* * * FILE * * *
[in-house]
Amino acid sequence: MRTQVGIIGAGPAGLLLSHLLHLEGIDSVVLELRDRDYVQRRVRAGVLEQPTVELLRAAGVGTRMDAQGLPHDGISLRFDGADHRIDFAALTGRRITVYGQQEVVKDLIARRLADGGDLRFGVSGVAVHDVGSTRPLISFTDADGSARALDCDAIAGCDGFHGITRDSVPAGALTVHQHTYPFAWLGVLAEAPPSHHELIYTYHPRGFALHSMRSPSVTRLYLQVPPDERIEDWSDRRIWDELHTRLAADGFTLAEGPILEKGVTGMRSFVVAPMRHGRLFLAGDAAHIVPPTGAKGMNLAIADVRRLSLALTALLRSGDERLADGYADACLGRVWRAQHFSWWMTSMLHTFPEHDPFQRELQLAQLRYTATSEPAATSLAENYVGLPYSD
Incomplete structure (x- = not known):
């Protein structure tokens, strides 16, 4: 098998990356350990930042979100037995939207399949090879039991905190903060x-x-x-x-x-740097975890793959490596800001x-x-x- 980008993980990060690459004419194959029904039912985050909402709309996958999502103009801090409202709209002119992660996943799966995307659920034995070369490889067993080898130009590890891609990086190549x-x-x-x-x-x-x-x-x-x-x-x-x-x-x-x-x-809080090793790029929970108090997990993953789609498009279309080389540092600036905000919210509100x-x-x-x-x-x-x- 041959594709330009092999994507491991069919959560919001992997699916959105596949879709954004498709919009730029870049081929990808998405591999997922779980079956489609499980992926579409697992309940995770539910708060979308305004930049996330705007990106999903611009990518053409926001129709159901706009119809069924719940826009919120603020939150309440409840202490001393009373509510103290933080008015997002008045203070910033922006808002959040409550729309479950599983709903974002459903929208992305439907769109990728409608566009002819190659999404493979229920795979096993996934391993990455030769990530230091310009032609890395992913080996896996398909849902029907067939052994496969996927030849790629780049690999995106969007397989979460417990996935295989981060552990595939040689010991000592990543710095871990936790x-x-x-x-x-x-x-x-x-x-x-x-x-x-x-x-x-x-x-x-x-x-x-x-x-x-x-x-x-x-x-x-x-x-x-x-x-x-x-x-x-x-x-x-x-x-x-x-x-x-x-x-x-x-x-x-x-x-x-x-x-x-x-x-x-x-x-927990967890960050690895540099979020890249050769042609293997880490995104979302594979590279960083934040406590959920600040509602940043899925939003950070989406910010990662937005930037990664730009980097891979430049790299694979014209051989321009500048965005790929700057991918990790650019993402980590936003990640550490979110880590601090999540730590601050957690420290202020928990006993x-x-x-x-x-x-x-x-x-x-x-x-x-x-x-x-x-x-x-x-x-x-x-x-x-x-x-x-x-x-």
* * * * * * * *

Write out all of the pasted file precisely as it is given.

[in-house]
Amino acid sequence: MRTQVGIIGAGPAGLLLSHLLHLEGIDSVVLELRDRDYVQRRVRAGVLEQPTVELLRAAGVGTRMDAQGLPHDGISLRFDGADHRIDFAALTGRRITVYGQQEVVKDLIARRLADGGDLRFGVSGVAVHDVGSTRPLISFTDADGSARALDCDAIAGCDGFHGITRDSVPAGALTVHQHTYPFAWLGVLAEAPPSHHELIYTYHPRGFALHSMRSPSVTRLYLQVPPDERIEDWSDRRIWDELHTRLAADGFTLAEGPILEKGVTGMRSFVVAPMRHGRLFLAGDAAHIVPPTGAKGMNLAIADVRRLSLALTALLRSGDERLADGYADACLGRVWRAQHFSWWMTSMLHTFPEHDPFQRELQLAQLRYTATSEPAATSLAENYVGLPYSD
Incomplete structure (x- = not known):
């Protein structure tokens, strides 16, 4: 098998990356350990930042979100037995939207399949090879039991905190903060x-x-x-x-x-740097975890793959490596800001x-x-x- 980008993980990060690459004419194959029904039912985050909402709309996958999502103009801090409202709209002119992660996943799966995307659920034995070369490889067993080898130009590890891609990086190549x-x-x-x-x-x-x-x-x-x-x-x-x-x-x-x-x-809080090793790029929970108090997990993953789609498009279309080389540092600036905000919210509100x-x-x-x-x-x-x- 041959594709330009092999994507491991069919959560919001992997699916959105596949879709954004498709919009730029870049081929990808998405591999997922779980079956489609499980992926579409697992309940995770539910708060979308305004930049996330705007990106999903611009990518053409926001129709159901706009119809069924719940826009919120603020939150309440409840202490001393009373509510103290933080008015997002008045203070910033922006808002959040409550729309479950599983709903974002459903929208992305439907769109990728409608566009002819190659999404493979229920795979096993996934391993990455030769990530230091310009032609890395992913080996896996398909849902029907067939052994496969996927030849790629780049690999995106969007397989979460417990996935295989981060552990595939040689010991000592990543710095871990936790x-x-x-x-x-x-x-x-x-x-x-x-x-x-x-x-x-x-x-x-x-x-x-x-x-x-x-x-x-x-x-x-x-x-x-x-x-x-x-x-x-x-x-x-x-x-x-x-x-x-x-x-x-x-x-x-x-x-x-x-x-x-x-x-x-x-x-927990967890960050690895540099979020890249050769042609293997880490995104979302594979590279960083934040406590959920600040509602940043899925939003950070989406910010990662937005930037990664730009980097891979430049790299694979014209051989321009500048965005790929700057991918990790650019993402980590936003990640550490979110880590601090999540730590601050957690420290202020928990006993x-x-x-x-x-x-x-x-x-x-x-x-x-x-x-x-x-x-x-x-x-x-x-x-x-x-x-x-x-x-």